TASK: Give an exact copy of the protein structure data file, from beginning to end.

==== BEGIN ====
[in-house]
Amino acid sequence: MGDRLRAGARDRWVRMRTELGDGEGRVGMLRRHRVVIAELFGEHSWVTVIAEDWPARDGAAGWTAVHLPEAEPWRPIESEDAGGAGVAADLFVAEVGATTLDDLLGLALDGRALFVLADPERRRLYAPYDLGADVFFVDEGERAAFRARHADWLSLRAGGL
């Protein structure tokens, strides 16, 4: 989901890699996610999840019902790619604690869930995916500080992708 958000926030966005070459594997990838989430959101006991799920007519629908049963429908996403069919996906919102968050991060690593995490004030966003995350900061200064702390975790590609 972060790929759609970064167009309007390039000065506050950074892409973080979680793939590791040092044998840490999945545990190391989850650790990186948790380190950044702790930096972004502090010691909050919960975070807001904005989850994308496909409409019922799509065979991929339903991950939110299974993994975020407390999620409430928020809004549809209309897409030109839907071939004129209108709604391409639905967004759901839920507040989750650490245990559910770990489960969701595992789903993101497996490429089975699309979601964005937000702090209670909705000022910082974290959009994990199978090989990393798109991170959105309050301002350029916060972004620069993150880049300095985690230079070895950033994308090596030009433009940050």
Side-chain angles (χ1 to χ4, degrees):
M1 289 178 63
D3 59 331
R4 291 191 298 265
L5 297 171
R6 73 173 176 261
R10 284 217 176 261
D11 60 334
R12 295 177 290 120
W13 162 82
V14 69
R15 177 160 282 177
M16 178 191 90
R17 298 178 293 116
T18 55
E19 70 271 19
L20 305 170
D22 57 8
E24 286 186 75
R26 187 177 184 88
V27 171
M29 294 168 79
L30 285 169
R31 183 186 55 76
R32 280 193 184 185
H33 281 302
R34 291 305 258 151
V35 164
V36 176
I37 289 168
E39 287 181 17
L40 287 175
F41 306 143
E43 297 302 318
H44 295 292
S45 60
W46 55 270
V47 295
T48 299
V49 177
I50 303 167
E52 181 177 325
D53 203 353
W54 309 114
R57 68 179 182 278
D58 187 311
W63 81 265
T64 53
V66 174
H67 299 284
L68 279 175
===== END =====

[in-house]
Amino acid sequence: MGDRLRAGARDRWVRMRTELGDGEGRVGMLRRHRVVIAELFGEHSWVTVIAEDWPARDGAAGWTAVHLPEAEPWRPIESEDAGGAGVAADLFVAEVGATTLDDLLGLALDGRALFVLADPERRRLYAPYDLGADVFFVDEGERAAFRARHADWLSLRAGGL
């Protein structure tokens, strides 16, 4: 989901890699996610999840019902790619604690869930995916500080992708 958000926030966005070459594997990838989430959101006991799920007519629908049963429908996403069919996906919102968050991060690593995490004030966003995350900061200064702390975790590609 972060790929759609970064167009309007390039000065506050950074892409973080979680793939590791040092044998840490999945545990190391989850650790990186948790380190950044702790930096972004502090010691909050919960975070807001904005989850994308496909409409019922799509065979991929339903991950939110299974993994975020407390999620409430928020809004549809209309897409030109839907071939004129209108709604391409639905967004759901839920507040989750650490245990559910770990489960969701595992789903993101497996490429089975699309979601964005937000702090209670909705000022910082974290959009994990199978090989990393798109991170959105309050301002350029916060972004620069993150880049300095985690230079070895950033994308090596030009433009940050």
Side-chain angles (χ1 to χ4, degrees):
M1 289 178 63
D3 59 331
R4 291 191 298 265
L5 297 171
R6 73 173 176 261
R10 284 217 176 261
D11 60 334
R12 295 177 290 120
W13 162 82
V14 69
R15 177 160 282 177
M16 178 191 90
R17 298 178 293 116
T18 55
E19 70 271 19
L20 305 170
D22 57 8
E24 286 186 75
R26 187 177 184 88
V27 171
M29 294 168 79
L30 285 169
R31 183 186 55 76
R32 280 193 184 185
H33 281 302
R34 291 305 258 151
V35 164
V36 176
I37 289 168
E39 287 181 17
L40 287 175
F41 306 143
E43 297 302 318
H44 295 292
S45 60
W46 55 270
V47 295
T48 299
V49 177
I50 303 167
E52 181 177 325
D53 203 353
W54 309 114
R57 68 179 182 278
D58 187 311
W63 81 265
T64 53
V66 174
H67 299 284
L68 279 175